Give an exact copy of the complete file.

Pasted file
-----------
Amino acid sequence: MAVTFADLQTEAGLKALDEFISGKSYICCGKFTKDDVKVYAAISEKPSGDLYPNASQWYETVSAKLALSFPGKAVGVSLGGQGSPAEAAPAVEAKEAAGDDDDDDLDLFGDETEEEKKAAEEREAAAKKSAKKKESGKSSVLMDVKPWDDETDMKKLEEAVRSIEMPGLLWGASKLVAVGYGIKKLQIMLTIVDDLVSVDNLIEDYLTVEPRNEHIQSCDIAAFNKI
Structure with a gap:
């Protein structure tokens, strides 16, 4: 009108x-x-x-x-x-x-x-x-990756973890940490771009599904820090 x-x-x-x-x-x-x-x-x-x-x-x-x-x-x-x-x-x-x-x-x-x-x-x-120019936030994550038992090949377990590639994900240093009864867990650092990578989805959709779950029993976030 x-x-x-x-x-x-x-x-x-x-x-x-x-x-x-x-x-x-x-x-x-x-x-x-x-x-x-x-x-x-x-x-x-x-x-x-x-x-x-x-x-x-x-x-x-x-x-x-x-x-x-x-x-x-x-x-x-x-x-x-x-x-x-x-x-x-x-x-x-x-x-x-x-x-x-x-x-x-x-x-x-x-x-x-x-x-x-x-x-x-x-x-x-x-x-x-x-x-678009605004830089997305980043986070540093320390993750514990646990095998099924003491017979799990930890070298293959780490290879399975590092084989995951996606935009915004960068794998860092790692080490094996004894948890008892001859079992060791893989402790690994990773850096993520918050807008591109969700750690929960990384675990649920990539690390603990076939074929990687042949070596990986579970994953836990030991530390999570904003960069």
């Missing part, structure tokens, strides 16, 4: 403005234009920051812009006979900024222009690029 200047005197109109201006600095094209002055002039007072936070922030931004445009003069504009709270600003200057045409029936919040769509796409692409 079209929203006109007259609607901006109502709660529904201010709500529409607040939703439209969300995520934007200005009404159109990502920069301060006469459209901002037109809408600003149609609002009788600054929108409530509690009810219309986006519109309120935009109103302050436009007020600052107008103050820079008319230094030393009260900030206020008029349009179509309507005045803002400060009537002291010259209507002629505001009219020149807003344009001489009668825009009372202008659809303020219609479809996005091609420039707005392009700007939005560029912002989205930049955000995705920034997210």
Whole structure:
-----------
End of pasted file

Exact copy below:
Amino acid sequence: MAVTFADLQTEAGLKALDEFISGKSYICCGKFTKDDVKVYAAISEKPSGDLYPNASQWYETVSAKLALSFPGKAVGVSLGGQGSPAEAAPAVEAKEAAGDDDDDDLDLFGDETEEEKKAAEEREAAAKKSAKKKESGKSSVLMDVKPWDDETDMKKLEEAVRSIEMPGLLWGASKLVAVGYGIKKLQIMLTIVDDLVSVDNLIEDYLTVEPRNEHIQSCDIAAFNKI
Structure with a gap:
């Protein structure tokens, strides 16, 4: 009108x-x-x-x-x-x-x-x-990756973890940490771009599904820090 x-x-x-x-x-x-x-x-x-x-x-x-x-x-x-x-x-x-x-x-x-x-x-x-120019936030994550038992090949377990590639994900240093009864867990650092990578989805959709779950029993976030 x-x-x-x-x-x-x-x-x-x-x-x-x-x-x-x-x-x-x-x-x-x-x-x-x-x-x-x-x-x-x-x-x-x-x-x-x-x-x-x-x-x-x-x-x-x-x-x-x-x-x-x-x-x-x-x-x-x-x-x-x-x-x-x-x-x-x-x-x-x-x-x-x-x-x-x-x-x-x-x-x-x-x-x-x-x-x-x-x-x-x-x-x-x-x-x-x-x-678009605004830089997305980043986070540093320390993750514990646990095998099924003491017979799990930890070298293959780490290879399975590092084989995951996606935009915004960068794998860092790692080490094996004894948890008892001859079992060791893989402790690994990773850096993520918050807008591109969700750690929960990384675990649920990539690390603990076939074929990687042949070596990986579970994953836990030991530390999570904003960069």
């Missing part, structure tokens, strides 16, 4: 403005234009920051812009006979900024222009690029 200047005197109109201006600095094209002055002039007072936070922030931004445009003069504009709270600003200057045409029936919040769509796409692409 079209929203006109007259609607901006109502709660529904201010709500529409607040939703439209969300995520934007200005009404159109990502920069301060006469459209901002037109809408600003149609609002009788600054929108409530509690009810219309986006519109309120935009109103302050436009007020600052107008103050820079008319230094030393009260900030206020008029349009179509309507005045803002400060009537002291010259209507002629505001009219020149807003344009001489009668825009009372202008659809303020219609479809996005091609420039707005392009700007939005560029912002989205930049955000995705920034997210």
Whole structure: